Humanity+ @ CalTech, Dec 4-5 2010: Redefining the Future of Humanity
It’s been my privilege, over the last month, to help out with organizing the next Humanity+ conference, which will be at CalTech’s Beckman Institute Dec 4-5. So I wanted to take the chance, in this article, to introduce just a handful of the extraordinarily interesting talks that we’ll be bringing you.
Of course all the talks and demonstrations we have planned for the conference are awesome, and I can’t do justice to them all in a short article, so if you want to get a fuller picture please see the conference website. Also see the H+ magazine blog entry I recently wrote, that pertains to my own presentation at the conference, about my work on AI for video games.
Early bird registration has been extended till November 8, so register now and get a discounted rate! Or if you really can’t make it, remember that the conference will be live-streamed to the Net courtesy of TechZulu, so tune in Dec 4 to http://humanityplus.org.
Anyway, to whet your radical-futurist appetite a bit, here are just a few of the many exciting things to expect at Humanity+ @ CalTech:
Real-Time World Building — Performance Art for the 21st Century
It’s not so often that someone introduces a brand new art form to the world, but that’s exactly what polymathic performer/designer/filmmaker/artist/composer J-Walt will demonstrate at the Humanity+ Summit: real-time world building as a novel form of performance art!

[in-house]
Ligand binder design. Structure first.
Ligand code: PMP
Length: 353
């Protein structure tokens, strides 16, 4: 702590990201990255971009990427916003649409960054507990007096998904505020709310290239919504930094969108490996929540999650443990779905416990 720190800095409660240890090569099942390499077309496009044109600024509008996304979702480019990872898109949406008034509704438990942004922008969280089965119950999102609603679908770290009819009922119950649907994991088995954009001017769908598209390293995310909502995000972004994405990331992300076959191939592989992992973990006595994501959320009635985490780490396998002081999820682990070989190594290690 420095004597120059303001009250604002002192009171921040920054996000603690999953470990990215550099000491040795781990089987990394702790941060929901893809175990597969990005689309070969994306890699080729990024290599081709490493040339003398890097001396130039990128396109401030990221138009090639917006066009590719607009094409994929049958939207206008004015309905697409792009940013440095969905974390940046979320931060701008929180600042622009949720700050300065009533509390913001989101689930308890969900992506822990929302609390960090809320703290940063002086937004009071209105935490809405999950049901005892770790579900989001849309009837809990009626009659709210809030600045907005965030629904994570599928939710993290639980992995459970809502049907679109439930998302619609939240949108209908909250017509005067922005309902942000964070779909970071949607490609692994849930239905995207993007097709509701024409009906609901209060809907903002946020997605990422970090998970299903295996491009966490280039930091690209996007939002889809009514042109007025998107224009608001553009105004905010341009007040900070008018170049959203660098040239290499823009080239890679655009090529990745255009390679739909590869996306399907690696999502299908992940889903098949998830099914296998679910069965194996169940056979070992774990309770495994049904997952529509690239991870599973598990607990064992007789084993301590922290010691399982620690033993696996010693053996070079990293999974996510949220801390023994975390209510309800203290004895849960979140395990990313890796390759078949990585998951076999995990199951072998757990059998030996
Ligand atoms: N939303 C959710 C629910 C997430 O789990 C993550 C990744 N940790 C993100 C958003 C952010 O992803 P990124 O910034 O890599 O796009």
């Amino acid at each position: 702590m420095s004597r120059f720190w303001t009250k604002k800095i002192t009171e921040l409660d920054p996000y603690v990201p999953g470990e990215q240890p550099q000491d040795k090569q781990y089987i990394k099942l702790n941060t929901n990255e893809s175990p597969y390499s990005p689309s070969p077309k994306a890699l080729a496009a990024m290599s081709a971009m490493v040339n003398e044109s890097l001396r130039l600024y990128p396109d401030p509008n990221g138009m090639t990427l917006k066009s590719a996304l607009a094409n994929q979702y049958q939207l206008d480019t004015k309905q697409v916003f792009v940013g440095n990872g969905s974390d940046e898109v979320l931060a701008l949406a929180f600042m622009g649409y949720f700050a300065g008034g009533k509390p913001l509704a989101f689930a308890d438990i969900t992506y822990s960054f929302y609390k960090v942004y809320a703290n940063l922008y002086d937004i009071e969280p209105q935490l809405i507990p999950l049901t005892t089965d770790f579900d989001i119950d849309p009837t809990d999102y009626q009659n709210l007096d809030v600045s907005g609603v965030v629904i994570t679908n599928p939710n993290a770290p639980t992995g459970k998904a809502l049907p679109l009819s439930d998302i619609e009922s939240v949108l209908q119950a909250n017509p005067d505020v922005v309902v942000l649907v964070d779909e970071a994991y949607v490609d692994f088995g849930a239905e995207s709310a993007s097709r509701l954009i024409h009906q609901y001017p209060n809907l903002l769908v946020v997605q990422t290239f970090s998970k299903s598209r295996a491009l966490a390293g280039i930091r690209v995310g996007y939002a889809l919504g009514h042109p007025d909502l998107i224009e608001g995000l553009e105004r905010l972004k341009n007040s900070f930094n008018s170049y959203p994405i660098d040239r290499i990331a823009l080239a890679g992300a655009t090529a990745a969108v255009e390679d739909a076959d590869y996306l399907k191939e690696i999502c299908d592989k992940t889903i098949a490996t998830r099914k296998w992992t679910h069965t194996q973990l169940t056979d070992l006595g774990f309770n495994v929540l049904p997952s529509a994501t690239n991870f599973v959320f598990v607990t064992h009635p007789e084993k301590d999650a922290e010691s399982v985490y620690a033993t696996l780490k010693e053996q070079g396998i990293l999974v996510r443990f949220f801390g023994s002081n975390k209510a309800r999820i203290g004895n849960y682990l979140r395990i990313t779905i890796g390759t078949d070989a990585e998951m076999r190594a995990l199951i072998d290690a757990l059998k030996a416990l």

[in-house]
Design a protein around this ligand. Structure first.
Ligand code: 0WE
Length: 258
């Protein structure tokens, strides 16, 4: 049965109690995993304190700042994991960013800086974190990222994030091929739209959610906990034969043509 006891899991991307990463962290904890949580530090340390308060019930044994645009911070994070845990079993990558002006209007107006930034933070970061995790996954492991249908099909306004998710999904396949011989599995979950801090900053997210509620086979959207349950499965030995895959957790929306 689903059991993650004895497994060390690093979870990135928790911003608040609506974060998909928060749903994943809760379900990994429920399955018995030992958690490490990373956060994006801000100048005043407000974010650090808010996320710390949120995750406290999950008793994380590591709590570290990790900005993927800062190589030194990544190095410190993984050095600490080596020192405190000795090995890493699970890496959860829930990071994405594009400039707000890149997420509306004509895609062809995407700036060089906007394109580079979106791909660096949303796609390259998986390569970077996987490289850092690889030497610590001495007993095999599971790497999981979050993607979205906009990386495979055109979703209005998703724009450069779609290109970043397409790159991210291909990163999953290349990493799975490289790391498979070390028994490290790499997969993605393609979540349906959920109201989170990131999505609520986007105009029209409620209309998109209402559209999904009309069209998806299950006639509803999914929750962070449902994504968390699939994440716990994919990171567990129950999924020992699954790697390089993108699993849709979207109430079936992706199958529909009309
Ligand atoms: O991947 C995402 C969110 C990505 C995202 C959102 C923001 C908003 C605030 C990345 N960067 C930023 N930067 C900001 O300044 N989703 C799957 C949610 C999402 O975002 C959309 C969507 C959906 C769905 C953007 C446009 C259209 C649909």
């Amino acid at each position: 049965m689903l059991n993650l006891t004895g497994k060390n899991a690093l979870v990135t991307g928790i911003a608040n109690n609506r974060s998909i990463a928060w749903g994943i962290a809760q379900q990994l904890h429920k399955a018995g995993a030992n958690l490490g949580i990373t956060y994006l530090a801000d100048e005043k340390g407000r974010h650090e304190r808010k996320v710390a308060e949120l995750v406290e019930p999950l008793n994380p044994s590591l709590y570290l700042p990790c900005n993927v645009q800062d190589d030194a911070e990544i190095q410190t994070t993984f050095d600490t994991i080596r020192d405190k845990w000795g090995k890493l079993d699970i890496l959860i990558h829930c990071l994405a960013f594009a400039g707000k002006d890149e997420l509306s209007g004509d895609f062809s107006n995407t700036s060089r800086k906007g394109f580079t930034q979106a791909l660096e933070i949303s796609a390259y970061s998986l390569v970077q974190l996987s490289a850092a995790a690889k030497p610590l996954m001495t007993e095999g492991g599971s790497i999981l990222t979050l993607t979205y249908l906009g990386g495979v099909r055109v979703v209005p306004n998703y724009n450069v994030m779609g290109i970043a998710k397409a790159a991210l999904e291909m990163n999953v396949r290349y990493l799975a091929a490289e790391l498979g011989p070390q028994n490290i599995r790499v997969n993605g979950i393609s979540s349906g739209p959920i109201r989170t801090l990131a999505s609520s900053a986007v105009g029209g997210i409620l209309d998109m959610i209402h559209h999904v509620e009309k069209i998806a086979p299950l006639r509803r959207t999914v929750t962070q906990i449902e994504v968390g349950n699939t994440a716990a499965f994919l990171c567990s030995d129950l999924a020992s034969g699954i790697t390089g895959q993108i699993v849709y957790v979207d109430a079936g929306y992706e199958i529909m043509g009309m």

J-Walt’s Spontaneous Fantasia performances combine aspects of animation, video games, music, theater, dance and architecture into a seamless new art form. He has performed for thrilled audiences around the US as well as in Amsterdam, Hamburg, and Edmonton.
At Humanity+ @ CalTech, J-Walt will give a lecture explaining the underpinnings of his unique art form — and he’ll then kick off the conference’s Saturday night party with a live demonstration.
Robot Einstein Comes to LA
The conference will also feature a visit from a curious character named Robot Einstein, and his creator David Hanson.